Recently, we told you about an Associated Press article reporting that while “suspicious” child deaths have risen since the COVID-19 pandemic began, reports of suspected child abuse dropped. The presumption was that professionals with a duty to report, such as teachers, coaches, and clergy, simply were not seeing children up close and therefore were not privy to signs of abuse. Now an article published by JAMA Network confirms that reports went down at the outset of the pandemic, but indicates that individuals close to at-risk or abused children may be picking up the slack and reporting potentially dangerous situations more frequently than they did before the pandemic. Based on analysis of restricted-access from Childhelp (a national, 24-hour, multilingual hotline with a primary focus on child abuse and neglect, according to the article) there was a 13.75% increase in reports in 2020 compared with reports made in 2019. Most of the reports that came in via telephone were made by adults, while most individuals who texted in a report were minors (under 18 years of age). In line with the previous presumptions noted above, there was a decrease in calls from school personnel, but an increase in reports from landlords, relatives, and friends. This points to the need for urgent care professionals, including front office staff with exposure to the waiting room and the registration process, to be vigilant for signs of abuse. JUCM published an article that recounted how a case that included suspicion of child abuse was resolved. You can read A 5-Month-Old with Symptoms Beyond the Presenting Complaint in our archive.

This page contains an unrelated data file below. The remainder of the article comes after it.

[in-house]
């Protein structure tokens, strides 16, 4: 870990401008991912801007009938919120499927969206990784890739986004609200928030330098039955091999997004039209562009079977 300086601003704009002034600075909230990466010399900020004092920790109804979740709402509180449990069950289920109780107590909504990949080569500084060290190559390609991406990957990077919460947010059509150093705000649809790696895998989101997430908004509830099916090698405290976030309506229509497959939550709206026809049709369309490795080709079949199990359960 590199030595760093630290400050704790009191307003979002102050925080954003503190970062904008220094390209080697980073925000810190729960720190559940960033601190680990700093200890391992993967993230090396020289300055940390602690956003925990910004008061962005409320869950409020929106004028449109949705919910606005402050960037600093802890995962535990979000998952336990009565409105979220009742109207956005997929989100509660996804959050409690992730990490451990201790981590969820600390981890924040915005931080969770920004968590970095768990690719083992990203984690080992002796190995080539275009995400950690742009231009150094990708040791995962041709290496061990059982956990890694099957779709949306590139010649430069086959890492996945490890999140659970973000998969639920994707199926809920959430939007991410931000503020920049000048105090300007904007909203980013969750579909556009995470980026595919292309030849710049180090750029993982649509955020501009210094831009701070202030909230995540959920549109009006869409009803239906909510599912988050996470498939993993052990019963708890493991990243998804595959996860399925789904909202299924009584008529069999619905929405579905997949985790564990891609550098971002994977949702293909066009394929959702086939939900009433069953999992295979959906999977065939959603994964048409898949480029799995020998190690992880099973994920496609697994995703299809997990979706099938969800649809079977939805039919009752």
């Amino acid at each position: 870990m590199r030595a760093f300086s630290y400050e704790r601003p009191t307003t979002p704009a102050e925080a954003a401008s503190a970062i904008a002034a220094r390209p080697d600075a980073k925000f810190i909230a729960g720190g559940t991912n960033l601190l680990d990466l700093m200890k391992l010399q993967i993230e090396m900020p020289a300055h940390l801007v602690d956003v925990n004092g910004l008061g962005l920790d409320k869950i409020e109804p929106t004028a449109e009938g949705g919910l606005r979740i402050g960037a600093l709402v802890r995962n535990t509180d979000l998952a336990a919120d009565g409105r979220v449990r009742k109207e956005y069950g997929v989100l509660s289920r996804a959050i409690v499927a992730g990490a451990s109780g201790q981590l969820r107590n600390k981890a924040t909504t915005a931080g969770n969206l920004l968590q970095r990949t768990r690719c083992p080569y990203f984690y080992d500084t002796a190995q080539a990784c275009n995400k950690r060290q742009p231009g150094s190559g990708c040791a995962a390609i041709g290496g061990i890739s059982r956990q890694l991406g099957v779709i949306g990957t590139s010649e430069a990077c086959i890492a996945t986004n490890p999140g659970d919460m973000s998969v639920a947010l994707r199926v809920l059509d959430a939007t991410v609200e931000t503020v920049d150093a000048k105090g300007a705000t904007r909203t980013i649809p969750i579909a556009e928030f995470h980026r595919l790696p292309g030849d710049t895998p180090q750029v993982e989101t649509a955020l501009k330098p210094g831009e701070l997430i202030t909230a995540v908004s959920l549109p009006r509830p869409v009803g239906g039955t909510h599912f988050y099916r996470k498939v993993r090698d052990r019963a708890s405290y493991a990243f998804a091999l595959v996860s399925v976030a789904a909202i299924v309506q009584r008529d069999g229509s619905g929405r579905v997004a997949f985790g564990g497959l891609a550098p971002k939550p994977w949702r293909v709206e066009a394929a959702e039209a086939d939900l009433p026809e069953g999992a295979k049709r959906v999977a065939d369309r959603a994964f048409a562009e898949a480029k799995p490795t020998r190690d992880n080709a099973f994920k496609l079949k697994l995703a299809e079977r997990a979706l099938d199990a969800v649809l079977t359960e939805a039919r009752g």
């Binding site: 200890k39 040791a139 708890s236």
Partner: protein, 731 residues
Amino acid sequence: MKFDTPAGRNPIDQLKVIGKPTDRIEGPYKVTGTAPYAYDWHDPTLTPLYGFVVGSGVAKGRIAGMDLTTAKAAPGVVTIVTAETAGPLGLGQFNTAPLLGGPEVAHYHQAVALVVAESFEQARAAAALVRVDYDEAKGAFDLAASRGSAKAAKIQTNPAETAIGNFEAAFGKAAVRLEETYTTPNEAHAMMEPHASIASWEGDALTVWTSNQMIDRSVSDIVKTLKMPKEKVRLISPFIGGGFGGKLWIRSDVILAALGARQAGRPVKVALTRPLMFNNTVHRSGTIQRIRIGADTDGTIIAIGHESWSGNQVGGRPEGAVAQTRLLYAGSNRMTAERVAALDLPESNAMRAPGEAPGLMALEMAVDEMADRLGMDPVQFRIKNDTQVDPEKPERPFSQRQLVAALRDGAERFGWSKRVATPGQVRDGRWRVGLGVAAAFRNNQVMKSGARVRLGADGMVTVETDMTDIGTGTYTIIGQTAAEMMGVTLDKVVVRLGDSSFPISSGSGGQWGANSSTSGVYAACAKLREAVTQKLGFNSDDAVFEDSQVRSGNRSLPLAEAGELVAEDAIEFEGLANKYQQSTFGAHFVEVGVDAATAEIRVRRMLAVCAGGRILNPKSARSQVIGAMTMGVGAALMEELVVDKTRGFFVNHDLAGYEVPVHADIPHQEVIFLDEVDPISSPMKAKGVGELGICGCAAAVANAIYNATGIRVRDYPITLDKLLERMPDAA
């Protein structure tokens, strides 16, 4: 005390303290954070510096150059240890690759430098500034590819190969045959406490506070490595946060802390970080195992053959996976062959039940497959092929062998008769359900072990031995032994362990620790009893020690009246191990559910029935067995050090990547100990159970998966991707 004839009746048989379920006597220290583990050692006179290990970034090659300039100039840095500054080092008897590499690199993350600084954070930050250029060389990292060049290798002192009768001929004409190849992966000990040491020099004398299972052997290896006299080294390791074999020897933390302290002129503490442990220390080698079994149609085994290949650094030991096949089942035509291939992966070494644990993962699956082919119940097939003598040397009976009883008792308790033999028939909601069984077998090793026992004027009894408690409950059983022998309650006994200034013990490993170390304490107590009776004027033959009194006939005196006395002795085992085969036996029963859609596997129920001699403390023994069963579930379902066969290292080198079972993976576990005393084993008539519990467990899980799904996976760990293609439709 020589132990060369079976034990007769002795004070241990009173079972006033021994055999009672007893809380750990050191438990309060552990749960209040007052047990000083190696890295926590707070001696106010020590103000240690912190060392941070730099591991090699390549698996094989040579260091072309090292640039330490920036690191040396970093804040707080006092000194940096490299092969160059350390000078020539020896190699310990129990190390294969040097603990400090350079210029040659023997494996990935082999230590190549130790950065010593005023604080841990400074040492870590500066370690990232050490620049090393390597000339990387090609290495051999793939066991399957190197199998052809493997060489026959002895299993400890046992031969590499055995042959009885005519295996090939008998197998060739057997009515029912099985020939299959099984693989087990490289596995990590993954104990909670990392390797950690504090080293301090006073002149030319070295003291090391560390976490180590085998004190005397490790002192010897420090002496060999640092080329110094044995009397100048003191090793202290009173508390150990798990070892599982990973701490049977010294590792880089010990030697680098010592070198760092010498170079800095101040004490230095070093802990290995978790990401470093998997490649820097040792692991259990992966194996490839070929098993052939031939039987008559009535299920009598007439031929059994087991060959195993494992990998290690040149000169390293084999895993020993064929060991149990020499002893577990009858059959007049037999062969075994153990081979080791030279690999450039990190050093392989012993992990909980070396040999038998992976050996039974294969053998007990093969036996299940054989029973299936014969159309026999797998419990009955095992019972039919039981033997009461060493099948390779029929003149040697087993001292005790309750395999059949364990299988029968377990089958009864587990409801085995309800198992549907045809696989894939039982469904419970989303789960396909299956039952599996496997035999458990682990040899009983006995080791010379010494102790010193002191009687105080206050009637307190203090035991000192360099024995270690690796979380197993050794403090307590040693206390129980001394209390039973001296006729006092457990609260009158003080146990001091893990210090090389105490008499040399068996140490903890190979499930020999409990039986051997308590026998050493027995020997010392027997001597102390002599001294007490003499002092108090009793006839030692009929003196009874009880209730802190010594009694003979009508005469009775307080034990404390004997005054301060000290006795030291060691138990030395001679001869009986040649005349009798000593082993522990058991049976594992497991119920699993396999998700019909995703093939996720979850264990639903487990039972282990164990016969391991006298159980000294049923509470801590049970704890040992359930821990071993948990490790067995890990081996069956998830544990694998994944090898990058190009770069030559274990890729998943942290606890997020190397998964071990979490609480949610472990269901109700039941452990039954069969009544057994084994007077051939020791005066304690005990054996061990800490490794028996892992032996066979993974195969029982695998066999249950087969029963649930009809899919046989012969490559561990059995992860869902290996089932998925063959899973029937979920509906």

Be Aware: Child Abuse Is Just as Prevalent as Ever, but May Be More Out of Sight
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